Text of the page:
"We want a world where people will work not to get rich but so that all will have what they need to live on: food, healthcare, housing, schooling, clothes, shoes, water, electricity.
"We want a world where money will be at the service of human beings and not human beings at the service of money ...
"We want a world in which the people will be one, and the division between rich and poor will be abolished".
The most eminent former Marxist intellectual of all, Professor Leszek Kolakowski, put this kind of thinking in context when he wrote in the epilogue to Main Currents of Marxism (1978):
"At the present time it is obvious to all except a handful of New Left adolescents that socialism cannot literally 'satisfy all needs' but can only aim at a just distribution of insufficient resources - which leaves us with the problem of defining 'just' and of deciding by what social mechanisms the aim is to be effected in each particular case. The idea of perfect equality, i.e., an equal share of all goods for everybody, is not only unfeasible economically but is contradictory in itself: for perfect equality can only be imagined under a system of extreme despotism, but despotism itself presupposes inequality at least in such basic advantages as participation in power and access to information."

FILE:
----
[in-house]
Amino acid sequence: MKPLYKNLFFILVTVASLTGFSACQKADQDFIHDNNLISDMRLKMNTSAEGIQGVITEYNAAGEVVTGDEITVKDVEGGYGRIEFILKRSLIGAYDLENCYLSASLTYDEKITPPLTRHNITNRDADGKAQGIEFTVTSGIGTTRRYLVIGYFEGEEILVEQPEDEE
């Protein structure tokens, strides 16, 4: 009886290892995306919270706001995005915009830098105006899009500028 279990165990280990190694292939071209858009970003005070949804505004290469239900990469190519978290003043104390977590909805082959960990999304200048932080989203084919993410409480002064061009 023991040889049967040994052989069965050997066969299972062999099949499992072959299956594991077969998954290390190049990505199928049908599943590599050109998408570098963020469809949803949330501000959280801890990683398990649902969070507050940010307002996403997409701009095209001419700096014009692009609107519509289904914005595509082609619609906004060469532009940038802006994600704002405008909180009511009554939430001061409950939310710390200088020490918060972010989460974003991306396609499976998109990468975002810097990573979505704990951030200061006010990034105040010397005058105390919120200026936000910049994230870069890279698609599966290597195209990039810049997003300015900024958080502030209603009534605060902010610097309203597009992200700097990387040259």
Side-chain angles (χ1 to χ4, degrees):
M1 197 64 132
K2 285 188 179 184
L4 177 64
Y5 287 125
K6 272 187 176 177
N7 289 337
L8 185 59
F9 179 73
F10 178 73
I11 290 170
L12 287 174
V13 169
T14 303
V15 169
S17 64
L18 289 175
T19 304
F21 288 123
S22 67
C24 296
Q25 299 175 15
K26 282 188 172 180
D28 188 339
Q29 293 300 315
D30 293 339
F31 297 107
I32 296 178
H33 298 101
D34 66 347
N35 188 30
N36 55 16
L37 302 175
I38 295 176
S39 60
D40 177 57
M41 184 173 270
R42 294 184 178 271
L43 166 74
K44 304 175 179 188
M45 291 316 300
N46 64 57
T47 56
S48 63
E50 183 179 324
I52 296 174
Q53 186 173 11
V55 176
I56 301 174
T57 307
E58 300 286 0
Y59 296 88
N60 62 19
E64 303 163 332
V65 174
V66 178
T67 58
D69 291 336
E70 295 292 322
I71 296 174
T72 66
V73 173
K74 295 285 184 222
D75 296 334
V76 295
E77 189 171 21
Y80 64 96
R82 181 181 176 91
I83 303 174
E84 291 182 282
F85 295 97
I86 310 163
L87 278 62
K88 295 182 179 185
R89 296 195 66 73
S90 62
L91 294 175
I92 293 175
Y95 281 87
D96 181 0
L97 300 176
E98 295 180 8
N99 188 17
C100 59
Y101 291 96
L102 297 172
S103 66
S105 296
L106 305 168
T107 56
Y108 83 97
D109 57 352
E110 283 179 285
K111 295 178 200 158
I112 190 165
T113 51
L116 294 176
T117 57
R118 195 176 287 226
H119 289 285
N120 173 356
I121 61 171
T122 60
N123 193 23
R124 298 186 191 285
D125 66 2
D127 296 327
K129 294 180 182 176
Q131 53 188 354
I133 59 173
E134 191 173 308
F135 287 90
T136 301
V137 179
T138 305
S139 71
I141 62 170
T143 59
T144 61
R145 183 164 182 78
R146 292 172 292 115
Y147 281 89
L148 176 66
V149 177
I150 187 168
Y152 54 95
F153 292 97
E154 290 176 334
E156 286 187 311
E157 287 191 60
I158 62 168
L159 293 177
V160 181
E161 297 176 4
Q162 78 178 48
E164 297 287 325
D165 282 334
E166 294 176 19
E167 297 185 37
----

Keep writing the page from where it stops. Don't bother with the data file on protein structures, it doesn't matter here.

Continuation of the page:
Seen in the light of this common-sense observation, liberation theology's obsession with revolutionary political solutions is evidence of a fundamental intellectual weakness, one that can only play into the hands of the most politically extreme elements, both left and right, in Latin American society.
As a final point, it is worth noting that the author rejects Cardinal Ratzinger's attempt to draw a distinction between acceptable and unacceptable versions of liberation theology. "The theologians themselves", Berryman says, "may differ in style and approach and may disagree on some issues, but they refer to liberation theology in the singular, since they see their own efforts as supporting what is essentially a single historical process". This suggests that the Vatican's analysis of the question of liberation theology is itself flawed. Since the ideology of the liberation theologians is, on their own admission, fundamentally revolutionary rather than reformist, it would seem to be a waste of time trying to graft it on to Catholic social teaching.
Reprinted from AD2000 Vol 1 No 9 (December 1988 - January 1989), p. 12